• When you get to prison, listen, watch and learn. You’ll have a hundred questions on your first day and in one month you will know the answer to 90 of them without having to ask and risk looking stupid.

•Don’t ever ask anybody about their crime. If they want to tell you what they did, fine. But you won’t know if they’re telling the truth. And if you ask and strike a nerve with someone, the result may not be pretty.

•Don’t talk about how you got railroaded. So did everyone else.

•Don’t ask anything about anyone’s family; it will be a sore subject with many, especially those who have not seen or heard from their children or ex-wives in years.

•Don’t ever talk about how much time you have. Someone else has more.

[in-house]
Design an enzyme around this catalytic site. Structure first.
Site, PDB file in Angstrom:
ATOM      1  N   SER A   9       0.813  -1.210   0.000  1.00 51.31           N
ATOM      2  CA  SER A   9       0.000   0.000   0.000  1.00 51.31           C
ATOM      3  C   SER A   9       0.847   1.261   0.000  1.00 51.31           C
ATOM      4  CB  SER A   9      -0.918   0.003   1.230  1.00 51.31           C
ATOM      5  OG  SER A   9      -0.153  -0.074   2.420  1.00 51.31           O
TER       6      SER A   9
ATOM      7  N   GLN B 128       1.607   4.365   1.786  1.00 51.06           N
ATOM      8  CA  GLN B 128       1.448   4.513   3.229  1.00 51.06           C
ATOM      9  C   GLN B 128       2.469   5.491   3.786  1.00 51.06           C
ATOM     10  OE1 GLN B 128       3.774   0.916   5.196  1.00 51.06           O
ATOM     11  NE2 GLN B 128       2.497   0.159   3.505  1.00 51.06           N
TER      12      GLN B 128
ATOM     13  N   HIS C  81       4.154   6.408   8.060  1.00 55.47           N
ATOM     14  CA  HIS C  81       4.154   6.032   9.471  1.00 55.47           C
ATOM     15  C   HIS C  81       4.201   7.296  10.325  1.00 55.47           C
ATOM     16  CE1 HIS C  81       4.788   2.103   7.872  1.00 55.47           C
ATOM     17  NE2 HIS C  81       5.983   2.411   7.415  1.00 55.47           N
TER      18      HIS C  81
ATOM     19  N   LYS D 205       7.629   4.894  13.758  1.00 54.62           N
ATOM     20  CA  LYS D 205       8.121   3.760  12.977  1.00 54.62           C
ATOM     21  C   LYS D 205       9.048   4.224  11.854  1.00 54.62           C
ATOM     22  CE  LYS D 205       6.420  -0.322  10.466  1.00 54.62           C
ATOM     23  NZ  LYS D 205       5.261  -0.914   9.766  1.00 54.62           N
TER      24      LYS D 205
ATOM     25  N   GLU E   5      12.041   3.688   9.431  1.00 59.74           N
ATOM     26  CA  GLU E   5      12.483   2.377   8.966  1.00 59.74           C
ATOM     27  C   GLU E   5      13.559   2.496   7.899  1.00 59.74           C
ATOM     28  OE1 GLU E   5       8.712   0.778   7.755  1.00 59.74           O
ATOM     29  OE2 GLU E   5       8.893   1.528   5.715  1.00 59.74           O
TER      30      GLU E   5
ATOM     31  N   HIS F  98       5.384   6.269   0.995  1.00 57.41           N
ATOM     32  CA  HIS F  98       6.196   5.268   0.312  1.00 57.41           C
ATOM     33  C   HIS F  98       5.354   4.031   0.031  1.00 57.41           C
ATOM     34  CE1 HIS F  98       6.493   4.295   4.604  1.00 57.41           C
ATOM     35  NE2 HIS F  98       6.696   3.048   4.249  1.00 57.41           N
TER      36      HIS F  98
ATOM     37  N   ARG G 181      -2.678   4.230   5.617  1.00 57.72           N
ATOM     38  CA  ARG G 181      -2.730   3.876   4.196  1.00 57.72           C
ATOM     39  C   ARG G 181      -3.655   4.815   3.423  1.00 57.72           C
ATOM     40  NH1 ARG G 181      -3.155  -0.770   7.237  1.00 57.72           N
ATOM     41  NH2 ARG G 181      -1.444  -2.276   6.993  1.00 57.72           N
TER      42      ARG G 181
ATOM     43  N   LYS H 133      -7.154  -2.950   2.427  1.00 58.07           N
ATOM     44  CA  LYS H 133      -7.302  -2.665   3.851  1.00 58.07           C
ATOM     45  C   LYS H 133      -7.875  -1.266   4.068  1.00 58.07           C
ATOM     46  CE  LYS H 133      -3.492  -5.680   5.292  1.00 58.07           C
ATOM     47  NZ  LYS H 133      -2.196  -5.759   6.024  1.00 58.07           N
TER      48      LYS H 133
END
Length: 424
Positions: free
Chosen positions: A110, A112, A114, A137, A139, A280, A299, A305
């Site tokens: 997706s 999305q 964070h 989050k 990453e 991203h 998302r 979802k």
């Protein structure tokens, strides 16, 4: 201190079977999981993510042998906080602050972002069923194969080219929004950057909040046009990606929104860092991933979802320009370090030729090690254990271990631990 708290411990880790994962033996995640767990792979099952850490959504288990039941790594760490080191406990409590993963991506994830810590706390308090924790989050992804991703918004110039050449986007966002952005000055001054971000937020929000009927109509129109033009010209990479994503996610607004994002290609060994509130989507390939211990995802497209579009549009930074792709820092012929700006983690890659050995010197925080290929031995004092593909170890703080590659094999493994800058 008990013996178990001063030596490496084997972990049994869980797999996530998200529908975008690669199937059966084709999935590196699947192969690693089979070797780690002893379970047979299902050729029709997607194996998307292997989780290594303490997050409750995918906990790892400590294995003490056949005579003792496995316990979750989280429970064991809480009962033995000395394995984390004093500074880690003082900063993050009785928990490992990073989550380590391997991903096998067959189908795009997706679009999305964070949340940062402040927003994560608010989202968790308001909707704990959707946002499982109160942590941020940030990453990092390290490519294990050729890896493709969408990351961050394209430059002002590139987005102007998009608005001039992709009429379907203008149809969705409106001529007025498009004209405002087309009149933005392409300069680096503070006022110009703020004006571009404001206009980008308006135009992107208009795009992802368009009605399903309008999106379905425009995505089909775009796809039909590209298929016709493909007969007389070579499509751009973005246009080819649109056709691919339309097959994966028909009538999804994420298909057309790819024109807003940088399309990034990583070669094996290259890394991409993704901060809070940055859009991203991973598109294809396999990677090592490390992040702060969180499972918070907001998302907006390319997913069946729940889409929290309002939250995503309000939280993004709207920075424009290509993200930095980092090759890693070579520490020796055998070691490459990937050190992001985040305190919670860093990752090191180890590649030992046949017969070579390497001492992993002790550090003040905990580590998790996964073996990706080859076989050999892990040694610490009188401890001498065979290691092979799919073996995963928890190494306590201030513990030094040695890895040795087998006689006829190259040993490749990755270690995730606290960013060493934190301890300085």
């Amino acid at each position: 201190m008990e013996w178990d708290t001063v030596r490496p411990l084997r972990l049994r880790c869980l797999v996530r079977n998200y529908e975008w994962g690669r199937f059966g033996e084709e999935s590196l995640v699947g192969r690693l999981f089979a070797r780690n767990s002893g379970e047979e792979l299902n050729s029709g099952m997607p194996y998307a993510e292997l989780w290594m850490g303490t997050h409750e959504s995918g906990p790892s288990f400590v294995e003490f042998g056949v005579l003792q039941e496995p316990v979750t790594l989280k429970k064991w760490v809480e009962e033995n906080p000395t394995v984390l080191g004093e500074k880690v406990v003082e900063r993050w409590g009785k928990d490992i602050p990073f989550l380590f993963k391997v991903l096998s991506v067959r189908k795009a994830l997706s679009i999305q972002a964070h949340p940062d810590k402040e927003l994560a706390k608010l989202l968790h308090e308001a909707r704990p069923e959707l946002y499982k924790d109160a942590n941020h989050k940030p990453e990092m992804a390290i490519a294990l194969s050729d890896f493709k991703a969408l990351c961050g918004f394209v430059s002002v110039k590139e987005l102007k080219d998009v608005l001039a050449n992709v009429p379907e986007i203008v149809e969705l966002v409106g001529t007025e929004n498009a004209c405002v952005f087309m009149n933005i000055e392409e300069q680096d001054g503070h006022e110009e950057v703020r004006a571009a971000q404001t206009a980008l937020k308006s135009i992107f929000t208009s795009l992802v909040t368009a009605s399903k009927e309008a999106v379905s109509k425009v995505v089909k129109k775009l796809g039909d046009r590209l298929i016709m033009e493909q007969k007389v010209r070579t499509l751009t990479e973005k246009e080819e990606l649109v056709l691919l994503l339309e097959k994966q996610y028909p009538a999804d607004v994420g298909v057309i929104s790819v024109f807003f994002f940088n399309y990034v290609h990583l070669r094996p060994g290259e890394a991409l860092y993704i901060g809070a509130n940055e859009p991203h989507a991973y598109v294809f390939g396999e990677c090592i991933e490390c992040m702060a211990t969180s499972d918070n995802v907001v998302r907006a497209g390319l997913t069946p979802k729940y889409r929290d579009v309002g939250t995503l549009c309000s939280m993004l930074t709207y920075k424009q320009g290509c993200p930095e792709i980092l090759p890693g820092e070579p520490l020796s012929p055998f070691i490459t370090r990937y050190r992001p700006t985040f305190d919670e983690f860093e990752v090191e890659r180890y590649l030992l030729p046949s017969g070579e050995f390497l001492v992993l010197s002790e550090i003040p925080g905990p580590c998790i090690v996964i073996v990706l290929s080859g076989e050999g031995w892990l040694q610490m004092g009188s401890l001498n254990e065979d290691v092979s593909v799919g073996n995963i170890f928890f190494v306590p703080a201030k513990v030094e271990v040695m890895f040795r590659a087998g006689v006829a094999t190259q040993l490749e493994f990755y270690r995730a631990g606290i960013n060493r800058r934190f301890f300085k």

Read the rest of…
Jeff Smith: Advice for Blago on His First Day in Jail

John Y’s Musings from the Middle: Conscience and Cleverness

Hope your conscience is greater than your cleverness.

When I was about eight or nine years old I tried tricking my mom into giving me money I could spend at Thornbury’s Toys.

I told her I was curious about how checks worked and wondered if she could teach me. My mom was impressed with my curiosity and desire to learn and that I took the initiative to ask. She happily pulled out her check book and started going over each line and how it needed to be filled in.

“So, for example, let’s say it is going to be for $10. Where would you write that?” I asked.

My mom showed me where on the check that went and wrote in the amount in numbers and then in her beautiful cursive longhand.

Next I pointed to “Pay to the order of” line and suggested, “Let’s say it’s for, I dunno, like, Thornbury’s Toys. Is that where you’d write out ‘Thornbury’s Toys’?”

“Yes! Exactly!” My mom replied, excited to see I was really paying attention and understanding this lesson….and gladly filled out that line “Thornbury’s Toys.”